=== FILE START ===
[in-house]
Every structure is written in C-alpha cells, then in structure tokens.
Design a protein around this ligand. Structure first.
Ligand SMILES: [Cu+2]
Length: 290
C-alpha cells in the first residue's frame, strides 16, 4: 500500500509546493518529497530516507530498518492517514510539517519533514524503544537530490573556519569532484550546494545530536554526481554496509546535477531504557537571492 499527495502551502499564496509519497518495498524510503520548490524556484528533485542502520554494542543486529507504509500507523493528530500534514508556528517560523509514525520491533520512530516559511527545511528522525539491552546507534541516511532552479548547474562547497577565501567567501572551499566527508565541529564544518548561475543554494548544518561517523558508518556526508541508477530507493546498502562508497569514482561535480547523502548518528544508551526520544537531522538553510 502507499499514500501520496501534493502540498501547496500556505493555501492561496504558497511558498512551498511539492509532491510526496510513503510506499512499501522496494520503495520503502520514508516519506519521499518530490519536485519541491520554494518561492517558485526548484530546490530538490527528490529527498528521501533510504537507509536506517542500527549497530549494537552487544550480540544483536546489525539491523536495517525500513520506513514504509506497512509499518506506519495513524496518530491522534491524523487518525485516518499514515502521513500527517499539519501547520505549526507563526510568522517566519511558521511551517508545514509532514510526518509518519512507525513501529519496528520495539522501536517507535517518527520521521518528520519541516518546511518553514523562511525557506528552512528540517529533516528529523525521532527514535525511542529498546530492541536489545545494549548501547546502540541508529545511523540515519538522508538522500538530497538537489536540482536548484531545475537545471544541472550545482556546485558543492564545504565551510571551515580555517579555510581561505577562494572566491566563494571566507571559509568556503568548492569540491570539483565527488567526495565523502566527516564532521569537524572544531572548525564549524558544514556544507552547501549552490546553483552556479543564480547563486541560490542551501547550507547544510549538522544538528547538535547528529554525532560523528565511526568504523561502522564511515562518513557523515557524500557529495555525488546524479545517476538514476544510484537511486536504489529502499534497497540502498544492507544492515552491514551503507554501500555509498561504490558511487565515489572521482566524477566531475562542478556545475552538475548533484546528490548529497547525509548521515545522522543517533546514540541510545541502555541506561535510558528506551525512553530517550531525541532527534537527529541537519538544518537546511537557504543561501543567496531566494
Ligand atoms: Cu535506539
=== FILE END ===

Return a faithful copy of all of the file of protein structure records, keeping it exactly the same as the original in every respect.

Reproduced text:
[in-house]
Every structure is written in C-alpha cells, then in structure tokens.
Design a protein around this ligand. Structure first.
Ligand SMILES: [Cu+2]
Length: 290
C-alpha cells in the first residue's frame, strides 16, 4: 500500500509546493518529497530516507530498518492517514510539517519533514524503544537530490573556519569532484550546494545530536554526481554496509546535477531504557537571492 499527495502551502499564496509519497518495498524510503520548490524556484528533485542502520554494542543486529507504509500507523493528530500534514508556528517560523509514525520491533520512530516559511527545511528522525539491552546507534541516511532552479548547474562547497577565501567567501572551499566527508565541529564544518548561475543554494548544518561517523558508518556526508541508477530507493546498502562508497569514482561535480547523502548518528544508551526520544537531522538553510 502507499499514500501520496501534493502540498501547496500556505493555501492561496504558497511558498512551498511539492509532491510526496510513503510506499512499501522496494520503495520503502520514508516519506519521499518530490519536485519541491520554494518561492517558485526548484530546490530538490527528490529527498528521501533510504537507509536506517542500527549497530549494537552487544550480540544483536546489525539491523536495517525500513520506513514504509506497512509499518506506519495513524496518530491522534491524523487518525485516518499514515502521513500527517499539519501547520505549526507563526510568522517566519511558521511551517508545514509532514510526518509518519512507525513501529519496528520495539522501536517507535517518527520521521518528520519541516518546511518553514523562511525557506528552512528540517529533516528529523525521532527514535525511542529498546530492541536489545545494549548501547546502540541508529545511523540515519538522508538522500538530497538537489536540482536548484531545475537545471544541472550545482556546485558543492564545504565551510571551515580555517579555510581561505577562494572566491566563494571566507571559509568556503568548492569540491570539483565527488567526495565523502566527516564532521569537524572544531572548525564549524558544514556544507552547501549552490546553483552556479543564480547563486541560490542551501547550507547544510549538522544538528547538535547528529554525532560523528565511526568504523561502522564511515562518513557523515557524500557529495555525488546524479545517476538514476544510484537511486536504489529502499534497497540502498544492507544492515552491514551503507554501500555509498561504490558511487565515489572521482566524477566531475562542478556545475552538475548533484546528490548529497547525509548521515545522522543517533546514540541510545541502555541506561535510558528506551525512553530517550531525541532527534537527529541537519538544518537546511537557504543561501543567496531566494
Ligand atoms: Cu535506539